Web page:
Valuing Ecosystem Services
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Valuing Ecosystem Services

Methodological Issues and Case Studies

Edited by K. N. Ninan

Conserving biodiversity and ecosystem services is critical to promoting human welfare and sustainable development. Ecosystem services valuation has therefore recently assumed prominence in research and policy circles. In this illuminating volume, leading experts from around the world discuss the key methodological issues and challenges in valuing ecosystem services. Covering a cross-section of ecosystems and services in different sites, countries and regions, the collection also usefully presents case studies that value ecosystem services and experiences with operationalising valuation into policy.
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Chapter 19: The role of ecosystem service payments in achieving conservation goals: attitudes among farm operators

Randall Kramer, Aaron Jenkins and Adriane Lesser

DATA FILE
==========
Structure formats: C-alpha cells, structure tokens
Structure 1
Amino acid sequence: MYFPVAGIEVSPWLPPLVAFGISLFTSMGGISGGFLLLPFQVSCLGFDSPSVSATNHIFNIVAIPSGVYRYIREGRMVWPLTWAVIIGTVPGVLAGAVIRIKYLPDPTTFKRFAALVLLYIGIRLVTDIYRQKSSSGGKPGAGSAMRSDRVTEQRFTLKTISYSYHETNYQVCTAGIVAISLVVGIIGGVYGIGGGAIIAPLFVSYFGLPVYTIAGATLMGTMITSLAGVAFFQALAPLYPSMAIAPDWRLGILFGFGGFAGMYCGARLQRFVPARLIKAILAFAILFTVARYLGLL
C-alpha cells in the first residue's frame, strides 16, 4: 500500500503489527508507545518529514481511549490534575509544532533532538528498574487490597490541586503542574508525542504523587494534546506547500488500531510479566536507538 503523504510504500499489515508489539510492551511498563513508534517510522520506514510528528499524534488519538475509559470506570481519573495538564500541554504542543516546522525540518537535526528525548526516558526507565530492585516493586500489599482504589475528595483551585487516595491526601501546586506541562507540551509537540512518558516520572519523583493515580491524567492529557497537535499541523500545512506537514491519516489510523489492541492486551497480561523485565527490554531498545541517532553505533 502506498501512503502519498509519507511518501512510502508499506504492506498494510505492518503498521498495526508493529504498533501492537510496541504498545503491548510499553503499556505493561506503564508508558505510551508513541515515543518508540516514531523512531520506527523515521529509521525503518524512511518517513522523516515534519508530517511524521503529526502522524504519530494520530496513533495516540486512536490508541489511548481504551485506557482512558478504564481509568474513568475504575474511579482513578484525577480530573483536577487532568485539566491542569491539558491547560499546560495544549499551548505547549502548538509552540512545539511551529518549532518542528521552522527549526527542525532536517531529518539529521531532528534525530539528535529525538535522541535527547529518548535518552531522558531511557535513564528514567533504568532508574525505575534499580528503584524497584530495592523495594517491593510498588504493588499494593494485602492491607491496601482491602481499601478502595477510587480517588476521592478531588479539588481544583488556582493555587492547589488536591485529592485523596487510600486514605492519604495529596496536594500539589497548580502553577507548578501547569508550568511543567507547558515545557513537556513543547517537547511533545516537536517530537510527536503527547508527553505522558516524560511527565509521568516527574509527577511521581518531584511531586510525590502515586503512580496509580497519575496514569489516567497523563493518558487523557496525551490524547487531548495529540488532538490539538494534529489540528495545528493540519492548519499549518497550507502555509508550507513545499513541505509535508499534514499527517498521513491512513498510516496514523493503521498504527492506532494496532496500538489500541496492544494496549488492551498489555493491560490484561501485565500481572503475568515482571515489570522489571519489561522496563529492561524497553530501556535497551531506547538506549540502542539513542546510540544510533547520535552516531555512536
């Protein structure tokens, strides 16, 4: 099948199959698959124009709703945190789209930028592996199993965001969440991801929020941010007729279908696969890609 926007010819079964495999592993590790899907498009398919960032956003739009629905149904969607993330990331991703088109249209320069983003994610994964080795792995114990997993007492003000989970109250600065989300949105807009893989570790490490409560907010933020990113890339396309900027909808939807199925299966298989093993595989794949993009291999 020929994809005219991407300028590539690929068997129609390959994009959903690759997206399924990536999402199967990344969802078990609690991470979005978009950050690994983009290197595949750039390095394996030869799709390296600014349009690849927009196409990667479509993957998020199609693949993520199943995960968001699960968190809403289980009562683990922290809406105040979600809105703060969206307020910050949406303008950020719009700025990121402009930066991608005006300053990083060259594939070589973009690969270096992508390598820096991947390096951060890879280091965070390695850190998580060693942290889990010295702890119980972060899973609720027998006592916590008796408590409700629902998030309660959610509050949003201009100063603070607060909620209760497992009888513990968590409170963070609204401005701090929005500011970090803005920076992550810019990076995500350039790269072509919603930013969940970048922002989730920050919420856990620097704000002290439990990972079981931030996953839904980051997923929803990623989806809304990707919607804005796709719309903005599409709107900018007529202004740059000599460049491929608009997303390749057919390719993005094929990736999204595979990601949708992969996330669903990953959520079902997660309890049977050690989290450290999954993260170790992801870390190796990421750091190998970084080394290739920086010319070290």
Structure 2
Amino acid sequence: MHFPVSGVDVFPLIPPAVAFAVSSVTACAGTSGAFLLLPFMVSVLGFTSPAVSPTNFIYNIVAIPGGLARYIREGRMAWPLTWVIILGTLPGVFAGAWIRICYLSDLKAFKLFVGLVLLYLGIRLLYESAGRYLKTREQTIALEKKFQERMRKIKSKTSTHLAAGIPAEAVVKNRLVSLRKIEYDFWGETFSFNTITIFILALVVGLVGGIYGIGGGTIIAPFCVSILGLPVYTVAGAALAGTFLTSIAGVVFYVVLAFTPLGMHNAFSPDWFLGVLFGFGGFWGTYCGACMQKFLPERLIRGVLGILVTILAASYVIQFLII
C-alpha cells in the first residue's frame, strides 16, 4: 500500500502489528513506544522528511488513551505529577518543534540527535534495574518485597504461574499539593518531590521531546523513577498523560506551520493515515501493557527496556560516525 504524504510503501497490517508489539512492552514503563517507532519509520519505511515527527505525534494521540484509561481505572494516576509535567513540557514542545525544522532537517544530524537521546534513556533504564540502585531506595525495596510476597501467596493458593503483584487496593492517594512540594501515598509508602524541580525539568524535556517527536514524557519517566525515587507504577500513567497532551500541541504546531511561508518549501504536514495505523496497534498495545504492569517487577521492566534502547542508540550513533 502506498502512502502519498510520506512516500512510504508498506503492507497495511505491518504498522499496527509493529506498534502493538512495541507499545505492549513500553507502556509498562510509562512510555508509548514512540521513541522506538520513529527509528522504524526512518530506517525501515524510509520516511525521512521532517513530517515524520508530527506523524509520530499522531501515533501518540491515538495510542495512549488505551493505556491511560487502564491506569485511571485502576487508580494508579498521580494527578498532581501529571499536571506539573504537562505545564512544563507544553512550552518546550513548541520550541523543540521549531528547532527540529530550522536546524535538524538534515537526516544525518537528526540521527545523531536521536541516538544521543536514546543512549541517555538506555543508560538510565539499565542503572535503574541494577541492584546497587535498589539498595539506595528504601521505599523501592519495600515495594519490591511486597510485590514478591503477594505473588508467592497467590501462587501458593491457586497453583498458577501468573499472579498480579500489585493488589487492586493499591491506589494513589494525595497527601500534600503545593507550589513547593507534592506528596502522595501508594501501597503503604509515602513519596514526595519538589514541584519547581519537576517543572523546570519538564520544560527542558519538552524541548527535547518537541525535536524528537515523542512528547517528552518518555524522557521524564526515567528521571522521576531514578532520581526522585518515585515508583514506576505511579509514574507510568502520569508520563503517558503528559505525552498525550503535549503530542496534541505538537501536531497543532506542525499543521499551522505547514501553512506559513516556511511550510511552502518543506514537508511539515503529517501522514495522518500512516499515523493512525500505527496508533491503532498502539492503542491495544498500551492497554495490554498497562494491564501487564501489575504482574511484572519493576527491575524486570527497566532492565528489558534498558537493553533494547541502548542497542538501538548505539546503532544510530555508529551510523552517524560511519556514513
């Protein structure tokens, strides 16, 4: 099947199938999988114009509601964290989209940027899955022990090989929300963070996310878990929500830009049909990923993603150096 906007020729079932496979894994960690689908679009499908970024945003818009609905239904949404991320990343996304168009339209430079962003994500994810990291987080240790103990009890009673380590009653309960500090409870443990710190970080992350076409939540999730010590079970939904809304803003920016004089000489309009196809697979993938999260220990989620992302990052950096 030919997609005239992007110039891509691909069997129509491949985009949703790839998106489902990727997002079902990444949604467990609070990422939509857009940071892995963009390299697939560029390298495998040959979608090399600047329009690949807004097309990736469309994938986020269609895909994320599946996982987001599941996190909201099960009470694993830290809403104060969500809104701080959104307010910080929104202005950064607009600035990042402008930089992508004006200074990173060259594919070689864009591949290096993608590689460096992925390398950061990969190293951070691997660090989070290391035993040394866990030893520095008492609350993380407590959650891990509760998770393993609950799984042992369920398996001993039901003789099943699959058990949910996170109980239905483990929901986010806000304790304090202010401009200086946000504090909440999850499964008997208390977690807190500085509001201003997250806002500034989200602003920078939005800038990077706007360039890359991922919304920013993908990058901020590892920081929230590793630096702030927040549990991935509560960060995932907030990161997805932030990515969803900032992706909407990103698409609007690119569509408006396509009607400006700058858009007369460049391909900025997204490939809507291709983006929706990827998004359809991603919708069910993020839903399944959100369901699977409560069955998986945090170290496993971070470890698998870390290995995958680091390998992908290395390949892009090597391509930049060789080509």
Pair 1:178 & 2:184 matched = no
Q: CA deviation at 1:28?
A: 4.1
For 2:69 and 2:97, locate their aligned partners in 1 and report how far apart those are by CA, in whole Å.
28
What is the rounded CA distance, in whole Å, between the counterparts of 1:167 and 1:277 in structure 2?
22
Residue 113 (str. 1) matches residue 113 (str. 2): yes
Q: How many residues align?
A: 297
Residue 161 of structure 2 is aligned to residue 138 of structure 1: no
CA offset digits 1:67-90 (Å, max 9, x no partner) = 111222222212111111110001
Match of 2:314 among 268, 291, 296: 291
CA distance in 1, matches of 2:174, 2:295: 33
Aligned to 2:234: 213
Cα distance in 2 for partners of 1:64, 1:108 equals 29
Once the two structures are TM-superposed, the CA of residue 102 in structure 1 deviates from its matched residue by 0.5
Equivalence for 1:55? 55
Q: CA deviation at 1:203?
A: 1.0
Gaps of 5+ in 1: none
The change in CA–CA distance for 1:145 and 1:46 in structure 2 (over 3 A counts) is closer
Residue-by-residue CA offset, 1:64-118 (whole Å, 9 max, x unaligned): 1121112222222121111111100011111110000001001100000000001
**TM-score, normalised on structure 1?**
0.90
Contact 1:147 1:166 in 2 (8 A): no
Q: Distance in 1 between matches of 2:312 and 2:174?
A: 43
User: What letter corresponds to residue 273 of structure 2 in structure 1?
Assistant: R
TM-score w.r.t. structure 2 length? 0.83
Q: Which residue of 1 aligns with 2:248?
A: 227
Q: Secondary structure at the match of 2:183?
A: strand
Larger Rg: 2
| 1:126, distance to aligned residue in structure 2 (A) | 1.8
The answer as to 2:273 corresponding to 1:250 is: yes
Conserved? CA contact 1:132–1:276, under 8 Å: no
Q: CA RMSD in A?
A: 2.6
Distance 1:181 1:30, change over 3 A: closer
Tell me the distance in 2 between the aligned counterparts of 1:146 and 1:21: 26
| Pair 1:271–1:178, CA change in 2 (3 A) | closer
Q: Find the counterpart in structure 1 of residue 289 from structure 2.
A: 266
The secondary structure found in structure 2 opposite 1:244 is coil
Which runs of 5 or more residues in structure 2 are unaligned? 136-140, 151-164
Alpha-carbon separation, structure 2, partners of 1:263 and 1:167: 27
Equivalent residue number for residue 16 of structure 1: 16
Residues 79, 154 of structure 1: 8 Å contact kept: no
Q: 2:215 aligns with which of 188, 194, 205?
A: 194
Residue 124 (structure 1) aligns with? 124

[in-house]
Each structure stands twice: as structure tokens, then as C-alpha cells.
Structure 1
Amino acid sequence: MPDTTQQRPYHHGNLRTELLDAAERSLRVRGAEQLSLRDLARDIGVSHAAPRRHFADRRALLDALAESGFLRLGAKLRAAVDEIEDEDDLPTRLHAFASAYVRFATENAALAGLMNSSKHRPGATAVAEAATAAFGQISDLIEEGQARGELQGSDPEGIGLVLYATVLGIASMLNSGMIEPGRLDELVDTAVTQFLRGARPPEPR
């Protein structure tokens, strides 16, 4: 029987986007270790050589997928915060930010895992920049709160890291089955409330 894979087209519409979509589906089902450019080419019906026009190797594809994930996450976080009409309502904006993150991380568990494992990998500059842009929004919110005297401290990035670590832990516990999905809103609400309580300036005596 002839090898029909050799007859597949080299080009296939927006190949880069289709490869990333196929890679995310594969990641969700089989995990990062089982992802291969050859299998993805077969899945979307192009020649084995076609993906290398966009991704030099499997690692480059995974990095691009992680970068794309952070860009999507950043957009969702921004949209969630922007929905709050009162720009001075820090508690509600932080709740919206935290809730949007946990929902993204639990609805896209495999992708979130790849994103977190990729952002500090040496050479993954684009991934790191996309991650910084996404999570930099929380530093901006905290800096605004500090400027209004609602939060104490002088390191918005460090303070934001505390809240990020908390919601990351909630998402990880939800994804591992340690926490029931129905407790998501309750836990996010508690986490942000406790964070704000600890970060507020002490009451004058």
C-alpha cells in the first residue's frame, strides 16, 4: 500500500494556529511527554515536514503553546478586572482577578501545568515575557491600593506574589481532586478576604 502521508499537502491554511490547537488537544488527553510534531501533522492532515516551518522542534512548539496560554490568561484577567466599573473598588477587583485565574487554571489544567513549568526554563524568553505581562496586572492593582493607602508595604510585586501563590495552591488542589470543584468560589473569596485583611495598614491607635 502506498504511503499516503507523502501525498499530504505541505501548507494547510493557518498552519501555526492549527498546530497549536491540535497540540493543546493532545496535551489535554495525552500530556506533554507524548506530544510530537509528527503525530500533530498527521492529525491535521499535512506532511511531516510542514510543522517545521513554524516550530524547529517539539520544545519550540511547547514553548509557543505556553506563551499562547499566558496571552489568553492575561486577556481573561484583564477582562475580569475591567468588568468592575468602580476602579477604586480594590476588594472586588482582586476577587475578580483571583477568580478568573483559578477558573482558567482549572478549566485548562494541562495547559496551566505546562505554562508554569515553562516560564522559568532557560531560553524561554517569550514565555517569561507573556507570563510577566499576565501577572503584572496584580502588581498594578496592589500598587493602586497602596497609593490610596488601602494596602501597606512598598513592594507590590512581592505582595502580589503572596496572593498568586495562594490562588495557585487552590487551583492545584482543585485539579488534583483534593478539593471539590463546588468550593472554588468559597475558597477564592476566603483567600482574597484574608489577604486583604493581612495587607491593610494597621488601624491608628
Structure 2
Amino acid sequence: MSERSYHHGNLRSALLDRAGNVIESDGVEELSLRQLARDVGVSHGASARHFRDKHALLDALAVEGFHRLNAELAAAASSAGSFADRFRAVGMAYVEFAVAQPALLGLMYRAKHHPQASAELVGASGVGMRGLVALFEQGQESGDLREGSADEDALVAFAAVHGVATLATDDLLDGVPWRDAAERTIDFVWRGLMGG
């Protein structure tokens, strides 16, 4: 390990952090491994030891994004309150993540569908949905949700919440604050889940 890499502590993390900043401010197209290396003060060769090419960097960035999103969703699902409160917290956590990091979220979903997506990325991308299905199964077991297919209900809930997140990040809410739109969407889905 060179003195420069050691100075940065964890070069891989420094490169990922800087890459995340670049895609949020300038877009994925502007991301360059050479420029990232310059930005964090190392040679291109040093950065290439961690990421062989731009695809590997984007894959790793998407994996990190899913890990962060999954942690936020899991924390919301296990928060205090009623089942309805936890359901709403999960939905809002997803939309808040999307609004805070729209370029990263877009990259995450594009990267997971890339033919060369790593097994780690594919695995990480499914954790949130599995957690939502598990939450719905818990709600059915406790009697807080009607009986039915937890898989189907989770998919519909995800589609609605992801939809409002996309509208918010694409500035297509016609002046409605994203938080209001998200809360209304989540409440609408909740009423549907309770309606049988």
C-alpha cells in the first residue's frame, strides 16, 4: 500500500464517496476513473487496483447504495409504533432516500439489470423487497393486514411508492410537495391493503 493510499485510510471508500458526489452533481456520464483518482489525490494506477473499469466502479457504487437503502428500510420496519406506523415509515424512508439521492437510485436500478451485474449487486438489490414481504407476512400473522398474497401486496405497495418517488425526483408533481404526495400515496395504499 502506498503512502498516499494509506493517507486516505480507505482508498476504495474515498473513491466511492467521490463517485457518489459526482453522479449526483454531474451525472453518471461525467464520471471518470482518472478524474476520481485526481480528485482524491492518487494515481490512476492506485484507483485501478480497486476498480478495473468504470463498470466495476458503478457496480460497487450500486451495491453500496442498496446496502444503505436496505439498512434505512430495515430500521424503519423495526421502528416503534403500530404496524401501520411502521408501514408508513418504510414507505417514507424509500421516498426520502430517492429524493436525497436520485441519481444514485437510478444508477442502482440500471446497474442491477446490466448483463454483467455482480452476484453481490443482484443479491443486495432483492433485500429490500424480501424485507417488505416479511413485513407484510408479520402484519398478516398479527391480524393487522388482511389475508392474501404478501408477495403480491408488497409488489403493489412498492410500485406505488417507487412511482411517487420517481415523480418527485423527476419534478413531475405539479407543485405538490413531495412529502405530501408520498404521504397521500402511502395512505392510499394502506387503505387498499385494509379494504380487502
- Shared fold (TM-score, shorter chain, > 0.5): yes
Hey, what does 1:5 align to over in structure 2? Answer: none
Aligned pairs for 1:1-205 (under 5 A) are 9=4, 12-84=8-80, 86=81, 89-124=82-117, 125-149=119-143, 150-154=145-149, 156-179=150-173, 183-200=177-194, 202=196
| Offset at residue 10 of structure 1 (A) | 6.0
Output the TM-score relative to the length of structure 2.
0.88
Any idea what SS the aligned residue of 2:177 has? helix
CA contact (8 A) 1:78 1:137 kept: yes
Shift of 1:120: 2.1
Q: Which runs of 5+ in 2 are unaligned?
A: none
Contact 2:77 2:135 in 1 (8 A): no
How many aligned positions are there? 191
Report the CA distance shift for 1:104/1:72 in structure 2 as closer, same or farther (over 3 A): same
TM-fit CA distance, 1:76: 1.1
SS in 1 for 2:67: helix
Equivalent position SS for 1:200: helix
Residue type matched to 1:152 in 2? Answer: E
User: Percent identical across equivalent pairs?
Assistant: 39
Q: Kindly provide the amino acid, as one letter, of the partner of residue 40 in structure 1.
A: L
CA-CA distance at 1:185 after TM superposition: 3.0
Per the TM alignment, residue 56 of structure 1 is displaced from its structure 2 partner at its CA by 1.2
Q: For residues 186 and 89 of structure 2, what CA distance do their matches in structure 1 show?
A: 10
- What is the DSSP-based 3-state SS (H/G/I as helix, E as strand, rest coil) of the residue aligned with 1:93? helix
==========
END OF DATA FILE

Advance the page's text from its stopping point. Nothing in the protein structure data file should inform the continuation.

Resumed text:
The challenges of maintaining healthy ecosystems continue to grow with the mounting pressures of human population and consumption. Protection, restoration and management of ecosystem services should be based in part on a better understanding of how humans benefit from ecosystems and how human behaviours that affect ecosystems can be modified through markets and other economic incentives (Kramer, 2007). Much of the production of ecosystem services occurs on privately held land, in particular, land used for agriculture and forestry (Wossink and Swinton, 2007). This implies that efforts to sustain and expand ecosystem services would benefit from a focus on private land managers. This chapter examines ecosystem service markets as a possible mechanism for attaining biodiversity conservation objectives on private lands. In particular, it assesses the attitudes of farm operators who manage private land in eastern North Carolina towards conservation and ecosystem service programmes. A mail survey of 298 North Carolina farm operators assessed their perspectives regarding current conservation programmes as well as attitudes towards future programmes having a focus on ecosystem service provision. The respondents were drawn from six contiguous eastern North Carolina counties – Hyde, Dare, Tyrrell, Beaufort, Washington and Bertie. As part of the design of a broader research agenda, all but one of the counties (Bertie) form the range of the only wild red wolf (Canis rufus) population in the world.

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